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Home / Expert Opinion / Keeping Your Balance: Taxation highlights in the 2014-15 state budget

Keeping Your Balance: Taxation highlights in the 2014-15 state budget

James P. Schnell

James P. Schnell

Most of us are aware that New York state recently passed its 2014-2015 budget on time. There were several key aspects related to matters of taxation, some of which are long awaited and cause for much celebration by the individuals or companies who stand to benefit.

Estate taxes

A perfect example of this is raising the threshold for triggering estate taxes, which some residents, farmers and many others have lobbied in favor of for years. It follows nicely in the footsteps of a similar enactment on the federal level when Congress passed the American Taxpayer Relief Act on Jan. 3, 2013.

The NYS legislation sets new exemption amounts for estates at the following levels. These changes are meant to bring the state estate tax requirements more in line with federal ones.

If a person passes away between:

• April 1, 2014 and March 31, 2015, an estate of $2,062,500 is exempt;

• April 1, 2015 and March 31, 2016, an estate of $3,125,000 is exempt;

• April 1, 2016 and March 31, 2017, an estate of $4,187,500 is exempt; and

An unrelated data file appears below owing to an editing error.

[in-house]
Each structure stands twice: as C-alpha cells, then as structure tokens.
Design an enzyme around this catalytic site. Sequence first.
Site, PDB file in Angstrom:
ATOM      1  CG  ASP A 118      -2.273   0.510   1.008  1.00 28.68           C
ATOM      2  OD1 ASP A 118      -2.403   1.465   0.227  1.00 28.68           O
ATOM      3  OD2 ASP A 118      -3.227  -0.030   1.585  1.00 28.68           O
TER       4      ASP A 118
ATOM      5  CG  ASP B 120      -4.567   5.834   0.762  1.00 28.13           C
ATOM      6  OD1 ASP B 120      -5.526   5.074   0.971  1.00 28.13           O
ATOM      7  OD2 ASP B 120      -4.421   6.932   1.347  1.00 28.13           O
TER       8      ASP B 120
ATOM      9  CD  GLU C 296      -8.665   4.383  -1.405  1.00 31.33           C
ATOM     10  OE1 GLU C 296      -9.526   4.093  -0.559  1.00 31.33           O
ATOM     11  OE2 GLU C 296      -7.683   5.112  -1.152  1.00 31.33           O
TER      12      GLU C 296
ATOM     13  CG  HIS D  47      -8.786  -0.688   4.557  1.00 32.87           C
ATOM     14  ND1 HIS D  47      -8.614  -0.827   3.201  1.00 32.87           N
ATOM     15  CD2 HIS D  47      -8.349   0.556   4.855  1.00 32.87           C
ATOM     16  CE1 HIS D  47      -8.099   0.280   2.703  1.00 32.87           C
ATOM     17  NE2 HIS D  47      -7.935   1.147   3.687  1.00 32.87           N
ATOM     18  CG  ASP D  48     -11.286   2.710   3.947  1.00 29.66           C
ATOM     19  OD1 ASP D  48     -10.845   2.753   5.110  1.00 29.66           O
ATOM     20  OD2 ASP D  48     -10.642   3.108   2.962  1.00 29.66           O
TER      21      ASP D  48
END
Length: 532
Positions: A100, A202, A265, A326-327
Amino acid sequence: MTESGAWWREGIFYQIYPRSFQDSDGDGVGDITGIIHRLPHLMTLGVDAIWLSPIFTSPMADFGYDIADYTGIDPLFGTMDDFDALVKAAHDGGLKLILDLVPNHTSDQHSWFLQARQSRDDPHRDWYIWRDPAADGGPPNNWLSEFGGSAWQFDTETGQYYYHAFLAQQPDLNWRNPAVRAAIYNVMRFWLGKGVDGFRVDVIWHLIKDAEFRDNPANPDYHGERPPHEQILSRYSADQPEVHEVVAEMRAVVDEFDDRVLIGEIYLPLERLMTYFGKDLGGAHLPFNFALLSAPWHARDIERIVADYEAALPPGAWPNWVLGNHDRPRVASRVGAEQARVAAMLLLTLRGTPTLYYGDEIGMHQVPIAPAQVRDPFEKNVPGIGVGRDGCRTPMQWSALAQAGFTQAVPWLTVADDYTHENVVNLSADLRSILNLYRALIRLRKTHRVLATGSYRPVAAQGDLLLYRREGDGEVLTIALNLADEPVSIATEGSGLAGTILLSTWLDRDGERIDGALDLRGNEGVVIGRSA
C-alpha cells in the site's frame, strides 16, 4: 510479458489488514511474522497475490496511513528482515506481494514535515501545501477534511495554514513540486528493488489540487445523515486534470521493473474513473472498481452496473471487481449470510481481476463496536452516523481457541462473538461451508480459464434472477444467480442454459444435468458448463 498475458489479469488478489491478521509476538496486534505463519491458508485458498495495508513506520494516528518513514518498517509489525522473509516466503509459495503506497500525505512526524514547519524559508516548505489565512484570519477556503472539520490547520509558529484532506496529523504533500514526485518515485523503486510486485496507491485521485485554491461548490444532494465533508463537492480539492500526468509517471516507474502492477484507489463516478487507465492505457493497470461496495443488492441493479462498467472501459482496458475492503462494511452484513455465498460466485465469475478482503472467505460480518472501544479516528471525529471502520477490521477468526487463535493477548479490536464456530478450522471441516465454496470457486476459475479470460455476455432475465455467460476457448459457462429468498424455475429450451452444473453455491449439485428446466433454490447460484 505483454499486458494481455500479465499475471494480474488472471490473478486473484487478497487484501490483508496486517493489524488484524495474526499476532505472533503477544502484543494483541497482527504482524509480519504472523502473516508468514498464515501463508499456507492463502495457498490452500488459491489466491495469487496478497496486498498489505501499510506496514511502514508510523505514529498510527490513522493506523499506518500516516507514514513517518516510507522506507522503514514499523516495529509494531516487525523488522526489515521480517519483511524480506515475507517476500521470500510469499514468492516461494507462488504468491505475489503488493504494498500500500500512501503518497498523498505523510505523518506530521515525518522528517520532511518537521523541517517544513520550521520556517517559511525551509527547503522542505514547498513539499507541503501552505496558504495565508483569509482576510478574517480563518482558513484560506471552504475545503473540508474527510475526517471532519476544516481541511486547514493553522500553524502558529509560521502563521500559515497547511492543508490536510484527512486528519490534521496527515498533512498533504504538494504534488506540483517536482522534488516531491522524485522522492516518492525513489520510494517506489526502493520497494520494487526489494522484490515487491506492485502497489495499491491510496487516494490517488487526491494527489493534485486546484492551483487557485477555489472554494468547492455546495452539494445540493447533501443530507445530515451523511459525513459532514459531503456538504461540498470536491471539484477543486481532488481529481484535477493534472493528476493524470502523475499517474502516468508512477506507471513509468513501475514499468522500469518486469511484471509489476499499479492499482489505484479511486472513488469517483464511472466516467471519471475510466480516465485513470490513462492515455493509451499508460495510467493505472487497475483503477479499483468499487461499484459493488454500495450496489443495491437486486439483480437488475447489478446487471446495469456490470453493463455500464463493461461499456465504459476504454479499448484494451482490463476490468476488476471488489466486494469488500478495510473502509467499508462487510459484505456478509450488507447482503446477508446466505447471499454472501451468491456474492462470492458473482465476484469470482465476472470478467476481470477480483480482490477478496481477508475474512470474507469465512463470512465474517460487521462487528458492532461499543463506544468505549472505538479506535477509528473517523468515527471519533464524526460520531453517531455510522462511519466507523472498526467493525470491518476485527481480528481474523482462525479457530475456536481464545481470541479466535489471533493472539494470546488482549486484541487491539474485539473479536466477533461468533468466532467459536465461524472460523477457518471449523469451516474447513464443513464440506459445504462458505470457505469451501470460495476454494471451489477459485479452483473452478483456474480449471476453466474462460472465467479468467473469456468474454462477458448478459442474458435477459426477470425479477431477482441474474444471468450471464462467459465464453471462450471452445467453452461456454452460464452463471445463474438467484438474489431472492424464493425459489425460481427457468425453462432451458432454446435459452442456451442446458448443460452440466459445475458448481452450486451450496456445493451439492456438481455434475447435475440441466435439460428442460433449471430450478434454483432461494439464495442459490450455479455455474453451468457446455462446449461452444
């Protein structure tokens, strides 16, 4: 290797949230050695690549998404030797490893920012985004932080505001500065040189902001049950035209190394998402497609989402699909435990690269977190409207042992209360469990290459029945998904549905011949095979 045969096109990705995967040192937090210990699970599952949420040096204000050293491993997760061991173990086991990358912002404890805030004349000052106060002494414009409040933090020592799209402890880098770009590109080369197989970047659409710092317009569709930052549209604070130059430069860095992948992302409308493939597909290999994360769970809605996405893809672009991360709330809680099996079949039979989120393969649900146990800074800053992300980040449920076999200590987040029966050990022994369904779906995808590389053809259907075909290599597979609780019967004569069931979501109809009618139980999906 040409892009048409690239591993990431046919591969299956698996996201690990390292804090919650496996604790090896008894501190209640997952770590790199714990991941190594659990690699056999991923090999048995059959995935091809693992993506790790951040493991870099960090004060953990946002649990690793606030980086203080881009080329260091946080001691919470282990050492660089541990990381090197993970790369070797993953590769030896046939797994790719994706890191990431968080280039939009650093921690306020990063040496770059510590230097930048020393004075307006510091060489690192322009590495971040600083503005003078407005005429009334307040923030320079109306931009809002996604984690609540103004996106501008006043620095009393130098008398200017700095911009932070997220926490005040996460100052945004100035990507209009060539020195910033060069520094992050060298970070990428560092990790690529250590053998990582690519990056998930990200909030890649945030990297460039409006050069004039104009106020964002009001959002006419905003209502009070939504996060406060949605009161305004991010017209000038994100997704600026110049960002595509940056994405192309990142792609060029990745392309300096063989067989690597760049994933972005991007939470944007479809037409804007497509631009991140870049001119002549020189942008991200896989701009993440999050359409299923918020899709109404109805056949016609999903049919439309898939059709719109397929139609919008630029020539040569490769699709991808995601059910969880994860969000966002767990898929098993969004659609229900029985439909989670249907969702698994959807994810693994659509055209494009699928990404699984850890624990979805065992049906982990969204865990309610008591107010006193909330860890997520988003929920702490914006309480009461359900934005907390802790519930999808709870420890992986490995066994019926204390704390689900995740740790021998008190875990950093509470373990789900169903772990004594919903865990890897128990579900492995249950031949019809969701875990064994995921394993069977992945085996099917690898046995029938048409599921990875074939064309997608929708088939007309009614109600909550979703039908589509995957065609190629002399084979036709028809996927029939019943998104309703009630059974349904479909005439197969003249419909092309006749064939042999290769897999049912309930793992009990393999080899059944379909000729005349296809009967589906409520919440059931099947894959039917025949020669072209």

• April 1, 2017 and Dec. 31, 2019, an estate of $5,250,000 is exempt.

Corporate taxes

With regards to specific corporate taxation matters, the corporate tax rate on net income is reduced from 7.1 percent to 6.5 percent, the lowest rate since 1968.

A 20 percent real property tax credit for qualified manufacturers has been established. This, hopefully, is another much needed step towards lowering the cost of doing business for manufacturers and will also make New York a more attractive place for firms to locate and create jobs. In addition, the income tax rate on upstate manufacturers is reduced from the current 5.9 percent to zero in 2014 and thereafter.

The new budget eliminates 18-a utility assessments for industrial customers and accelerates phase out of assessments for all others. New Yorkers pay some of the highest energy bills in the nation and this issue became a point of emphasis in the budget. The temporary utility assessment (18-a) exacerbates this burden on struggling businesses and families.

The temporary assessment on utilities is scheduled to be fully eliminated by March 2017, but is immediately eliminated on industrial customers. The phase-out is anticipated to save businesses and residents $600 million over the next three years.

Simplify the tax code

The budget eliminates nuisance provisions which are costly to enforce, provide little revenue and complicate doing business in New York. For example, the new budget will include increasing the personal income tax filing threshold, which was last increased in 1987.

The income threshold for when a tax filing is required has been raised from the current $4,000 to the amount of the taxpayer’s standard deduction. The increase will eliminate the need to file a return for about 270,000 current filers. The new budget will also eliminate the personal income add-on minimum tax which is imposed on 200 taxpayers and generates only $200,000 annually.

Hopefully most residents and taxpayers will either directly benefit or perceive the communal benefit from these enacted budget provisions.

James P. Schnell, CPA/ABV, CVA is a tax and business valuation partner with Mengel, Metzger, Barr & Co LLP and may be reached at (585) 423-1860.